Are Macadamia Nuts Superior to All Other Nuts?

Nuts offer a lot of nutrition. They are full of healthy fats, vitamins, minerals and are even a somewhat decent source of protein. In addition, just about all nuts are rich in omega 6 fatty acids. We need these lovely things but too much of the 6 and too little of the 3 can lead to trouble.

Many believe the golden ratio is 1:1. Others say a ratio of 4:1 in favor of omega 6’s is fine. Most Americans’ ratio is around 10:1 or even 20:1. When you follow the primal/paleo eating plan, your ratio naturally improves for the better. Eating grass-fed, pastured meats improves the ratio even more.

If you eat plenty of seafood then you are golden. Most of us are not able to afford wild-caught fish from quality sources as much as we wish. Supplementing with fish oil helps a lot.

Would it be easier to simply cut out as much omega 6 fatty acids as possible?

I think so.

What is an easy way to accomplish this?

Limit your intake of nuts. Nuts, except for macadamia nuts, are loaded with omega 6 fatty acids and contain little to no omega 3 fatty acids. For those of you who are skeptical of this please check out the following stats for nuts. All my information is coming from Nutrition Data.

Omega 3 vs Omega 6 in Milligrams

  • Macadamias – 60 vs 360
  • Almonds – 2 vs 3400
  • Hazelnuts – 20 vs 2200
  • Pistachios – 70 vs 3700
  • Brazil Nuts – 5.1 vs 5800
  • Cashews – 7 vs 2200
  • Walnuts – 2500 vs 10,100
  • Pine Nuts – 31 vs 9400
  • Pecans – 280 vs 5800

Do you now see why it may be smart to limit your intake of nuts even though they are filled with nutrition? Walnuts may have 2,500 mg of ALA omega 3 fatty acids but 10,000 of omega 6 fatty acids?! That’s going overboard.

When we think of eating like our ancestors the general rule is lean meats, seafood, veggies, fruits, nuts and seeds. Lean meats as in grass-fed beef, pastured pork, etc. People who are trying to lose weight limit their intake of fruits for good reason. Fruits may have a lot of vitamins and minerals but they are loaded with sugar. Leafy greens and other fiber rich veggies beat fruits any day.

What about nuts? Macadamia nuts?

I love almond butter. Costco carries a large container for a measly $5 (maybe $7?). I can buy half the size and pay a little more at Meijer, the major supermarket in Michigan. After finding this great deal I started to take spoonfuls of the almond butter right out of the jar as a snack and/or treat. I discovered that it does not agree with my body as much as I thought it would which is why I decided to look for an alternative.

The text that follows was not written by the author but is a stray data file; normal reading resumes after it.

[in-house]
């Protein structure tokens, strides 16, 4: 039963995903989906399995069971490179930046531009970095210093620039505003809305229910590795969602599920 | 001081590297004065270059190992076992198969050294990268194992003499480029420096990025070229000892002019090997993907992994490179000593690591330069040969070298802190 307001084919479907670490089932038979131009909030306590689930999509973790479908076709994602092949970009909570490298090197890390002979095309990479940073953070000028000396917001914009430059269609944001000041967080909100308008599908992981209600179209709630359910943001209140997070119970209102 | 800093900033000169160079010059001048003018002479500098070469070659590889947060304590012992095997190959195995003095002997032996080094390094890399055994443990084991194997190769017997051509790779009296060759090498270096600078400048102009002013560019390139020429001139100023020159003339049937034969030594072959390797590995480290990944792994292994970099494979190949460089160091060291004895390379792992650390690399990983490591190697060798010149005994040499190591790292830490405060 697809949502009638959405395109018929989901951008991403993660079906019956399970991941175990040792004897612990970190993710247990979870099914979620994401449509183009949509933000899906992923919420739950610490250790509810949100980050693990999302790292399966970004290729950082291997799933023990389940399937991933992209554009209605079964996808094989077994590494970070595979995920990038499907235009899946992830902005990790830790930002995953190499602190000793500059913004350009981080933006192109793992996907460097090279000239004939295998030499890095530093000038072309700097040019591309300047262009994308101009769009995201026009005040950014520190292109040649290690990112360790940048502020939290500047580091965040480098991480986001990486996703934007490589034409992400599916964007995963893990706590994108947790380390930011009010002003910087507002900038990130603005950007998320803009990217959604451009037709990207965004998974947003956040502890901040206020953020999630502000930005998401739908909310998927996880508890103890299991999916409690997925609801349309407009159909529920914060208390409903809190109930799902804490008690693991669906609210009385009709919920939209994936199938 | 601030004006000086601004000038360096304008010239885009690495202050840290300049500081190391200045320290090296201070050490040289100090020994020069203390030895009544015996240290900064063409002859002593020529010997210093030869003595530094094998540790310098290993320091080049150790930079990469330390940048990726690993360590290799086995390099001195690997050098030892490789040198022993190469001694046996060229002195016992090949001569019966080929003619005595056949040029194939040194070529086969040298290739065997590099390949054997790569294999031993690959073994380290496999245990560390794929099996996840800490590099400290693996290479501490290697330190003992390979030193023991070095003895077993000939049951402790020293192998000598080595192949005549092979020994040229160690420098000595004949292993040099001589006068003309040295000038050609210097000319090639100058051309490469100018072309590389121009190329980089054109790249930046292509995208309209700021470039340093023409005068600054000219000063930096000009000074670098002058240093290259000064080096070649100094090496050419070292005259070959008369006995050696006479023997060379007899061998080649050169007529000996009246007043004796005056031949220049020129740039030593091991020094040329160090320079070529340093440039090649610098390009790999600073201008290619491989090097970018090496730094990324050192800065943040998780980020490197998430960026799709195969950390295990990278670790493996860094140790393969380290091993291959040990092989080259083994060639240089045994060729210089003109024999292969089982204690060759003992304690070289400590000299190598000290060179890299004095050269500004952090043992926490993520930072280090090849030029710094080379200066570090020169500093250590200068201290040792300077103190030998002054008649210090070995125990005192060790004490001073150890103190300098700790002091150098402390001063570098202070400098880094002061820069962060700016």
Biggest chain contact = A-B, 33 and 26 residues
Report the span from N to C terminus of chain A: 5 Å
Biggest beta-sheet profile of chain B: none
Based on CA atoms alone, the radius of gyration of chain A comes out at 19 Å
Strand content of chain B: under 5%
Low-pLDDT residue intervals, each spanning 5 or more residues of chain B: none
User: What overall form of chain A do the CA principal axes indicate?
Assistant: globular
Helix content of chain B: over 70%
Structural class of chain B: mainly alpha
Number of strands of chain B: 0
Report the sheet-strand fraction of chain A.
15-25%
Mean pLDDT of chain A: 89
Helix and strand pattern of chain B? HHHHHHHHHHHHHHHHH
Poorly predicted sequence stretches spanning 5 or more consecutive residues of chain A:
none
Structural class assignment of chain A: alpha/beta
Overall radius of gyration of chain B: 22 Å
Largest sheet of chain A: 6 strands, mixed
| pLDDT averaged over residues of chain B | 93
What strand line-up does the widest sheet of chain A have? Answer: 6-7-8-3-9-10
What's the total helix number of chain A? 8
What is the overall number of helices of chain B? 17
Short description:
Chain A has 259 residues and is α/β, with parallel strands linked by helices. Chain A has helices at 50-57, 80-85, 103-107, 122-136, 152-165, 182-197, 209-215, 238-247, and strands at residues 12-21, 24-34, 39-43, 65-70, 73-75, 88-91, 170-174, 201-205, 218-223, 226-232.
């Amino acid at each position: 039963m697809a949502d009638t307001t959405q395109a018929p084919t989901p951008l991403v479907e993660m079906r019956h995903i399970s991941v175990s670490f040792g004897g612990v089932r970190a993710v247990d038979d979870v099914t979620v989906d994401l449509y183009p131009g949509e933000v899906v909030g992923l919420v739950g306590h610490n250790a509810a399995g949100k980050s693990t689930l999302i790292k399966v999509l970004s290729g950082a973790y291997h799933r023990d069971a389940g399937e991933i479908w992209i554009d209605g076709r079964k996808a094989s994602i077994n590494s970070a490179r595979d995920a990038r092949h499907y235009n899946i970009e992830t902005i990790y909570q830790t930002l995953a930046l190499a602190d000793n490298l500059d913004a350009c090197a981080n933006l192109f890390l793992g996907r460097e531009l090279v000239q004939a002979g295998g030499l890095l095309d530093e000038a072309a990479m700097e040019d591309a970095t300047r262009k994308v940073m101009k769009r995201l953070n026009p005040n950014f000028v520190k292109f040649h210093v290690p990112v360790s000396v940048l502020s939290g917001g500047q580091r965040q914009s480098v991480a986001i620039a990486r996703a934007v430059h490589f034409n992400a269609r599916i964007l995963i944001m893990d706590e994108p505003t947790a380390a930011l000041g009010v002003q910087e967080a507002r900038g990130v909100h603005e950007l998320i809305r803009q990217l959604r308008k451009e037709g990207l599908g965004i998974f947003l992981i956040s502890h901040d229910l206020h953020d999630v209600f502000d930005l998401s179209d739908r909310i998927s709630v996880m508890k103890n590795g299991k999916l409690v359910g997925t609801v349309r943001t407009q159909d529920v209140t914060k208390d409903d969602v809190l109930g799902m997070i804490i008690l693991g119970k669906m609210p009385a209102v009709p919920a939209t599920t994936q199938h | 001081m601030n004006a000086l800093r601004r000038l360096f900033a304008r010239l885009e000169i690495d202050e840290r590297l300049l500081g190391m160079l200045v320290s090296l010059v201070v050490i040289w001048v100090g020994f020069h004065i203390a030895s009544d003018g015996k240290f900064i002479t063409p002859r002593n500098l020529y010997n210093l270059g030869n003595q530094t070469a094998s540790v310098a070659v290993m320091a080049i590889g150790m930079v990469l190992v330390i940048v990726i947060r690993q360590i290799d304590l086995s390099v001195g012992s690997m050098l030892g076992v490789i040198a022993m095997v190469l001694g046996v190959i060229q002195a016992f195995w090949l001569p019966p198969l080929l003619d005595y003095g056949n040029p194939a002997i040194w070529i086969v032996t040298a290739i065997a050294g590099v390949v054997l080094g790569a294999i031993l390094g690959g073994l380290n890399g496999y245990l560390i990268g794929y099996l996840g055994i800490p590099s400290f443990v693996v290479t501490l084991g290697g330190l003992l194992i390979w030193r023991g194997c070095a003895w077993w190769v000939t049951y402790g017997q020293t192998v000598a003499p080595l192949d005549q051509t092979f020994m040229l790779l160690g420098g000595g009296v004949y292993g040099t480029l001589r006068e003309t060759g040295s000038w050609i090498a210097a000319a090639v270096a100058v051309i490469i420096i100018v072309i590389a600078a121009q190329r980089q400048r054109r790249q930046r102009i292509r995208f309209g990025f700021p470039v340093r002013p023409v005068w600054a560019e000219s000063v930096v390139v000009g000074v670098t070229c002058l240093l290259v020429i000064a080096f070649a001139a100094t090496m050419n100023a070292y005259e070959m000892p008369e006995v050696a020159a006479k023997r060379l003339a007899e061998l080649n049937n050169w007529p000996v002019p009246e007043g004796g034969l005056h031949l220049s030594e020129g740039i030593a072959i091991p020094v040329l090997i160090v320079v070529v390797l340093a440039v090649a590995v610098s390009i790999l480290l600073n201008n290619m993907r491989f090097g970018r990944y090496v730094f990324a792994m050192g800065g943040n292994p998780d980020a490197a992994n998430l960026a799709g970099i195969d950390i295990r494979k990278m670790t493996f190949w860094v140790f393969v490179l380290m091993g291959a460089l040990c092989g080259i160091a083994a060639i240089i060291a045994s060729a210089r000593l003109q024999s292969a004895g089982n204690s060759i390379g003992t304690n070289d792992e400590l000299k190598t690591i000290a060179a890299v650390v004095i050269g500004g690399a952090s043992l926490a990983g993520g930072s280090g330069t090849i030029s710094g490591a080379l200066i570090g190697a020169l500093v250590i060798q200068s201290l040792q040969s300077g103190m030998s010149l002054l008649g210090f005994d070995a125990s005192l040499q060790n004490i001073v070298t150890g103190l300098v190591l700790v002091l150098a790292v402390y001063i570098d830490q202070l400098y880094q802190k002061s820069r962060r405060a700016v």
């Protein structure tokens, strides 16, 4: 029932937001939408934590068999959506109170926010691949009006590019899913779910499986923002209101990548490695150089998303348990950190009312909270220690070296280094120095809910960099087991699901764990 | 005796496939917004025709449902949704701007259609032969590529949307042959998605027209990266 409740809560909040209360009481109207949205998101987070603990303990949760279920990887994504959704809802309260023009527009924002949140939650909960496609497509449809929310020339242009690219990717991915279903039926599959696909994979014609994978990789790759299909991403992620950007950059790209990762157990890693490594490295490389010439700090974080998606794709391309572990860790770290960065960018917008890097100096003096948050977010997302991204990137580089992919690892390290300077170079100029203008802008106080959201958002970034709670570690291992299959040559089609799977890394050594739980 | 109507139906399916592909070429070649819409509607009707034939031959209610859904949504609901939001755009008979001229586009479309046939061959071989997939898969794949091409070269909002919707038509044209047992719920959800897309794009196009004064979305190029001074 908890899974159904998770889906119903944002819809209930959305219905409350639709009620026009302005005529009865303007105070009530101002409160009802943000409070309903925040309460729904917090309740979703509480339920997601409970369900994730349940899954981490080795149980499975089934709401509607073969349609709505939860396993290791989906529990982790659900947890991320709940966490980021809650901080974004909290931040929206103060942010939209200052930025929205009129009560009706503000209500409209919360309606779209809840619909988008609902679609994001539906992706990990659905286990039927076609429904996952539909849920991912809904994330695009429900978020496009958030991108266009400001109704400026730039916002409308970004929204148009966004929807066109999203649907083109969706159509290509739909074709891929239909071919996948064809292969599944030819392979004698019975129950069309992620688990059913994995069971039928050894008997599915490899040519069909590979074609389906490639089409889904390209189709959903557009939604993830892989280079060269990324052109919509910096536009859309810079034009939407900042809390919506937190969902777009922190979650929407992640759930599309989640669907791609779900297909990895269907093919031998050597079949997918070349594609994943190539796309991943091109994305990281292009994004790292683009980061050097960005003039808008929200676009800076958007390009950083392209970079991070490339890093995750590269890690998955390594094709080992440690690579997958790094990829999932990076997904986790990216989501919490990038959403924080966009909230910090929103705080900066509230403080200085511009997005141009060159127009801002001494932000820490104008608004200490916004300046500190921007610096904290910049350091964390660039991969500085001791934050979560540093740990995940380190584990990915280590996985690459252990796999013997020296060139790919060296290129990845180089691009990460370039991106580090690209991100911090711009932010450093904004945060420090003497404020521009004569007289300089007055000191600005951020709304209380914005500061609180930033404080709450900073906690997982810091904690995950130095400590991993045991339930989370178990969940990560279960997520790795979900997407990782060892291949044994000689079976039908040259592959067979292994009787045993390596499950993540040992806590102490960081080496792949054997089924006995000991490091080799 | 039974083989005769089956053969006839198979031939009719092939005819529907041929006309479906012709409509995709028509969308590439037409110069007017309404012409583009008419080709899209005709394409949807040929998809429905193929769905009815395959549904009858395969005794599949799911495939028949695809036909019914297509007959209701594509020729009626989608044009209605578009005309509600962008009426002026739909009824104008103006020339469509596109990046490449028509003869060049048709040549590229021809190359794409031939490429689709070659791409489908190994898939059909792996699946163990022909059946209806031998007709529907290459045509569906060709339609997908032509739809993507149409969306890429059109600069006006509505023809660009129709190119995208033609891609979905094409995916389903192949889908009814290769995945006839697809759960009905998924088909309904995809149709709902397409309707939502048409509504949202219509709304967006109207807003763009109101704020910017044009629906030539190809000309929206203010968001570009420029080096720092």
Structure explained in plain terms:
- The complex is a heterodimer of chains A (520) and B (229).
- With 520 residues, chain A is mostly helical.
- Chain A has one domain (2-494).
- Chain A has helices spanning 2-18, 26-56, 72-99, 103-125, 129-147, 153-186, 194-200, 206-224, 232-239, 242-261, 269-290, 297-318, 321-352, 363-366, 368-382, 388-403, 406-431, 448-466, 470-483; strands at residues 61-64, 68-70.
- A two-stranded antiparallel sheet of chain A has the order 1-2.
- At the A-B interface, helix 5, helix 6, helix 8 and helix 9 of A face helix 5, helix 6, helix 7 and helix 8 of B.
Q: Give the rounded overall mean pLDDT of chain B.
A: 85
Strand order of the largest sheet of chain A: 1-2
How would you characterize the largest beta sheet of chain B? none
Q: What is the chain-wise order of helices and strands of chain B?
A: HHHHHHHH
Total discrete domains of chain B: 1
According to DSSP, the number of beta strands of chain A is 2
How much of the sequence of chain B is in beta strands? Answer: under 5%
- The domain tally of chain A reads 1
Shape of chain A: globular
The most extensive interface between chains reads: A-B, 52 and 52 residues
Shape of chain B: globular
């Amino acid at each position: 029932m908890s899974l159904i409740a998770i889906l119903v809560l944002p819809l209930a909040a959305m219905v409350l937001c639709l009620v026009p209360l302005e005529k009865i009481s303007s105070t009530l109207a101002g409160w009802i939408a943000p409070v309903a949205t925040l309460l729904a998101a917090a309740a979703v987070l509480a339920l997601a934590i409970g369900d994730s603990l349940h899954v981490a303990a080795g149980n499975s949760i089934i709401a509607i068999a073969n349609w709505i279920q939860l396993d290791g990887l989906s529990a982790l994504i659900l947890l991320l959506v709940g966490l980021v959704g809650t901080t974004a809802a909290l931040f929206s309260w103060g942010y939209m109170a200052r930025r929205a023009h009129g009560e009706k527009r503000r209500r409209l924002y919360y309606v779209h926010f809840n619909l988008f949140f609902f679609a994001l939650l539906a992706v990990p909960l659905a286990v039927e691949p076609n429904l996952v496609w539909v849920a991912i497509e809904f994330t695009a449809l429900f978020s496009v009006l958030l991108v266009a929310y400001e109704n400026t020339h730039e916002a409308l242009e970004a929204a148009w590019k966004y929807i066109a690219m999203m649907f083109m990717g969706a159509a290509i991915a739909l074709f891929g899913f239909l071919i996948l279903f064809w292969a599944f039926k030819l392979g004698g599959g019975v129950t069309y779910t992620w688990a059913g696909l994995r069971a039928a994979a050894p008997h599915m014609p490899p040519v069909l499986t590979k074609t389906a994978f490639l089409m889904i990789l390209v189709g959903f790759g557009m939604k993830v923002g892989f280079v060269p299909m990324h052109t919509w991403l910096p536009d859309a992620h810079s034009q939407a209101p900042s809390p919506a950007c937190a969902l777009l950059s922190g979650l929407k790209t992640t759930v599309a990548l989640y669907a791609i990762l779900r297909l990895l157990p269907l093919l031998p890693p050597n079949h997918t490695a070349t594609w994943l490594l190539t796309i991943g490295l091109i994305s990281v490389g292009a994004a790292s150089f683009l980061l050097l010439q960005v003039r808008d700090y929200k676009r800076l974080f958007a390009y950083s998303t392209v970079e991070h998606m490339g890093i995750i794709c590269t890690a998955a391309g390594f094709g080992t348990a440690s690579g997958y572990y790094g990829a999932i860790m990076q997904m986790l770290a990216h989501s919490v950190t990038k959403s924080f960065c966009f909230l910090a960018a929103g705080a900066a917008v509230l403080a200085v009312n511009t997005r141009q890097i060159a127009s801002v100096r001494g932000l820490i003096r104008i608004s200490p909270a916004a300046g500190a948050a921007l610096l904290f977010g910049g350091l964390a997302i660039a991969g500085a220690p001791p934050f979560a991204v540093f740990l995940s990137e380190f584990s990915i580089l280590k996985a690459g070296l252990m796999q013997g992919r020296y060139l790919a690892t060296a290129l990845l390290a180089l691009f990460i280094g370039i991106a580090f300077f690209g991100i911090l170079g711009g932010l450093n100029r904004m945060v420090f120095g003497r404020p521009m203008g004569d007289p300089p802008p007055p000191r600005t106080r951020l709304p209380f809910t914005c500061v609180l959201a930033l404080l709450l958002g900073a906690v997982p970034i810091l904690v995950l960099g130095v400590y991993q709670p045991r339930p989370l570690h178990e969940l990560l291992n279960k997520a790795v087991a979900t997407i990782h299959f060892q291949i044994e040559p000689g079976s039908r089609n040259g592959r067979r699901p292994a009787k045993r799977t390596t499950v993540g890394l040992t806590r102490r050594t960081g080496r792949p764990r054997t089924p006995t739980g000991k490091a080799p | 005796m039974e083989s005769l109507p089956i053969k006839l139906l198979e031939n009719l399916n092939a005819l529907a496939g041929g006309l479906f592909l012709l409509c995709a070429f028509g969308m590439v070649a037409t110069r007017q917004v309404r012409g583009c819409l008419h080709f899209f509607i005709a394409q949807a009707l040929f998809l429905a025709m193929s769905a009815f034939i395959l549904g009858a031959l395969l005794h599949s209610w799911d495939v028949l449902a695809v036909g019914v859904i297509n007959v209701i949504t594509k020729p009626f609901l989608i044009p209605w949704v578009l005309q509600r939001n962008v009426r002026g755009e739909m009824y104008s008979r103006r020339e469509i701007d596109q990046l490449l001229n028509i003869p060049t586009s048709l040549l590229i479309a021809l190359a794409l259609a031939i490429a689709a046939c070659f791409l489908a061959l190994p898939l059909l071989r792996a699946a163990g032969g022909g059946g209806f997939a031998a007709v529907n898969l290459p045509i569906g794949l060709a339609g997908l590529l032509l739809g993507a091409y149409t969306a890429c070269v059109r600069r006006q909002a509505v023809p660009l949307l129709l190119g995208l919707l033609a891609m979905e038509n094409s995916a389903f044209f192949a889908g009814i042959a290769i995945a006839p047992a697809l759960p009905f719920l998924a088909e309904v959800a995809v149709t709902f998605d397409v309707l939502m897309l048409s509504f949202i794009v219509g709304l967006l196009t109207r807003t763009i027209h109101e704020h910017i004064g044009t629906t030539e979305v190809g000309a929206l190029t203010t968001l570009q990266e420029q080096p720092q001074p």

had known about the high omega 6 content in nuts within the first couple months I went primal, and knew that macadamia nuts were particularly low. I decided to lower my intake of nuts but I still ate them regularly since I was in the “beginning stages” of eating the primal way.

My 2, 12 oz. bags of macadamia nuts should arrive this week and once they do I will say goodbye to all other nuts for at least a while except for the occasional garnish.

Whether or not you do the same is completely up to you. My theory is that macadamia nuts are superior to all other nuts. But, who really knows? If you want to buy them inexpensively then check them out on Amazon. Pick and choose your vendor as there are plenty.

What is your opinion on nuts? Do you eat them? Did you know they had this much omega 6 fatty acids? Will you change your habits?

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Trackbacks

  1. […] My favorite nut is macadamias. Per one ounce serving they contain only .36 grams of omega 6′s. If you eat this nut more than the others and limit your total nut intake to 1 oz a day (2 oz is ok too) then you should not have to worry much about your ratio. Nuts provide a lot of nutrition and so if you can handle them (some can’t) then by all means eat them. Just understand that meat, seafood, eggs and veggies are a better food choice. […]

  2. […] High in omega 6 fatty acids. Another problem with peanuts and all true nuts (aside from macadamias) is that they are super high in omega 6 fatty acids. These are essential fats but your genes prefer […]

  3. […] Macadamia nut oil is also rich in oleic acid, an omega-9 fatty acid that contains its own unique cancer-fighting and heart-protecting properties. With a rich, sweet, buttery flavor, as well as a high smoke point, macadamia nut oil is both a delicious salad topper, and a tasty frying and sauteing oil. (http://primaltoad.com/macadamias/) […]